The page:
Lulworth Cove and Durdle Door

The weather forecast is becoming increasingly important to me. When you’re painting at the coast visibility is key if you want to see those distant peninsulas, so the promise of 2 clear days was irresistible. Having painted in Devon recently I wanted to move East into Dorset, to Durdle Door and Lulworth Cove. The forecast was spot on, I left Bristol at 7:30am with the car full of painting gear, food and camping stuff. I’d booked into a local campsite right on the coast so could get an early start on day two.

Day 1

I Started at Lulworth cove in the glorious sun. It was already busy when I got there with families on the beach and boat rides departing up the coast. I had a good walk around, looking for an angle. I’m incredibly fussy when it comes to finding a spot, everything has to line up to provide a composition that I think is worth painting. The blue boat on the beach looked good, it was absolutely glowing in the sun and the two men painting the hull told me that it wasn’t going anywhere soon. I felt a little close to it while stood on the beach, so retreated to the hill above and got a perfect spot.

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The sun had started to swing around by the time I had finished the boat painting so I headed up Dungy Head to get a view looking back at Lulworth Cove. The path is very steep and not made any easier by having 20kg on your back! I kept stopping on the way up (to check the view) and eventually settled on a decent height that let me look down into the cove. Those two boats in the water just made it. Lovely.

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It was lunchtime (no, not nap time) after the first two paintings so I found a nice spot to eat my half stale, half soggy sandwiches. I chatted to some lovely people while enjoying the view before continuing down the West side of Dungy Head and down to Durdle Door. I hadn’t been to Durdle Door since I was 17 and I had forgotten how dramatic it is, helped in no small part to the divine weather. I spotted a bird of prey on the walk down and snapped a pic (not sure which one, help please)

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The light was warming up as the sun was dropping which leant an orange tint to the chalk cliffs. I set up and got to work with a good audience and had some nice chats.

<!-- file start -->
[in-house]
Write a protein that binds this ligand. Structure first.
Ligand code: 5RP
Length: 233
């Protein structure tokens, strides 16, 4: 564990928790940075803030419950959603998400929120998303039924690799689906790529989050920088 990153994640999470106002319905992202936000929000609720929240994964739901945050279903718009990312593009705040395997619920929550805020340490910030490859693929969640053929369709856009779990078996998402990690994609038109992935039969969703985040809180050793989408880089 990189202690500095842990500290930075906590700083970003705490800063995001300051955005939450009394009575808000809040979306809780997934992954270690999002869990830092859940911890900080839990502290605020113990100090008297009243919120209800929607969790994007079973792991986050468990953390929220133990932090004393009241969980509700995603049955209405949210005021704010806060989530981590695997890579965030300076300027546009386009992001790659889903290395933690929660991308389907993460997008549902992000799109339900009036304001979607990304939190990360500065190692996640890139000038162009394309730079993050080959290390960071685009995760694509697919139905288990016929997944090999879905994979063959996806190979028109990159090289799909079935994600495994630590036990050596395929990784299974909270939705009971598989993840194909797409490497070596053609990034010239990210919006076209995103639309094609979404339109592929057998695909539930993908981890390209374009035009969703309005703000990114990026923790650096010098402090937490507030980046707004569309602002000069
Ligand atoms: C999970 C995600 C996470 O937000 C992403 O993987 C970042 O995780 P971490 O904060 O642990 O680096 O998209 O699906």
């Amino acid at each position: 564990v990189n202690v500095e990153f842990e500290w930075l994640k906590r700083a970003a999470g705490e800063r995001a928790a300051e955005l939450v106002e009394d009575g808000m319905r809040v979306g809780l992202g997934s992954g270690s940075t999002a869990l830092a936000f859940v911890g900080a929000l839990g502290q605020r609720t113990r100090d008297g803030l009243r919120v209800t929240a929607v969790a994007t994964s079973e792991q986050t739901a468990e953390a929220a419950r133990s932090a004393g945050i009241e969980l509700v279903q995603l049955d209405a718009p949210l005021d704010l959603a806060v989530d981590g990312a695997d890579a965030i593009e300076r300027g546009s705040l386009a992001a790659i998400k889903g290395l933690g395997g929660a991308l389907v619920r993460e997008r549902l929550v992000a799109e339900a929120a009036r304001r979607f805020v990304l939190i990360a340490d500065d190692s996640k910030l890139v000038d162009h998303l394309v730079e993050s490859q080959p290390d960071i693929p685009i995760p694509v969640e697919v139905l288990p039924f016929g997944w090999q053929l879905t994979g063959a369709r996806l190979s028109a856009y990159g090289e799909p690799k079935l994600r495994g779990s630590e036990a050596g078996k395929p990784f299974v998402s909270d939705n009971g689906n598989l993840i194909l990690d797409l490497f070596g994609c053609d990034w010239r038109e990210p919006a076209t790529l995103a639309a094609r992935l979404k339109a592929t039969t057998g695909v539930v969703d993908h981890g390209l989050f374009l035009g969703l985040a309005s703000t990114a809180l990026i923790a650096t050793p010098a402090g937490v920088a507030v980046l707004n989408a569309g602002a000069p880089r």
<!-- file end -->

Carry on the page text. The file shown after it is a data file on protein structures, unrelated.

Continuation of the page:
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I was pretty tired after this third piece, so called it a day. Walking back up to the campsite, I spied this rather incredible trike-thingy in the car park. Amazing!

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Dinner was served in the form of a mediocre burger, fries and onion rings, washed down with some quality beer. I walked up to the cliff top to consume this styrofoam-encapsulated feast and watch the sun go down.

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The campsite was lovely, with tent spots scattered amongst pine trees. I brought a duvet with me, but forgot pillows. Darn. I’d love to say I had a wonderful nights sleep, but there were some people having a very sweary, heated argument about 40 feet from my tent and it sounded like things were being thrown. I finally got to sleep around 4:30am so was not a happy bunny.

 

Day 2

I woke up feeling rough, but got going quickly after some awesome porridge cooked on the camp stove. Coffee was drunk, tent packed away and car moved up to the cliff parking where I walked up about 50 feet and set up on the path for the first one of the day. The morning sun was hitting Durdle Door, casting a beautiful shadow on the water and cliff. Irresistible.

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I was so taken with the view I got out a 12 x 10″ and did another.

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Lunch comes around quick when you’re working hard, so it was time to stop and eat an even staler and even more soggy sandwich. And a Twix. I hadn’t actually painted the arch yet, so walked down to Durdle Door and then up the incredibly steep Western cliff path. The sight from the top was about as perfect a view as you’ll find anywhere in England I think. Stunning.

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I really wanted to paint it all in one, but needed either a 16 x 12″ or 14 x 12″ board and seeing as I had neither, I opted for two seperate 16 x 7″ paintings. This also meant I could cope with any light change over time as the sun was descending quickly, thus changing the colour temps.

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I wish I could have stayed until sunset as it was clearer than the day before but I had to get back to Bristol. I met a lovely chap while doing the second painting who kindly took this picture.

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All in all this was one of my favourite painting trips. I really feel at home painting these views and am surprised I never thought to come down here earlier. Plenty more coastal paintings to come, weather dependant. I can’t wait.

If you are interested in buying any of these paintings, please email. I’d love to hear from you.

mail@tomhughespainting.co.uk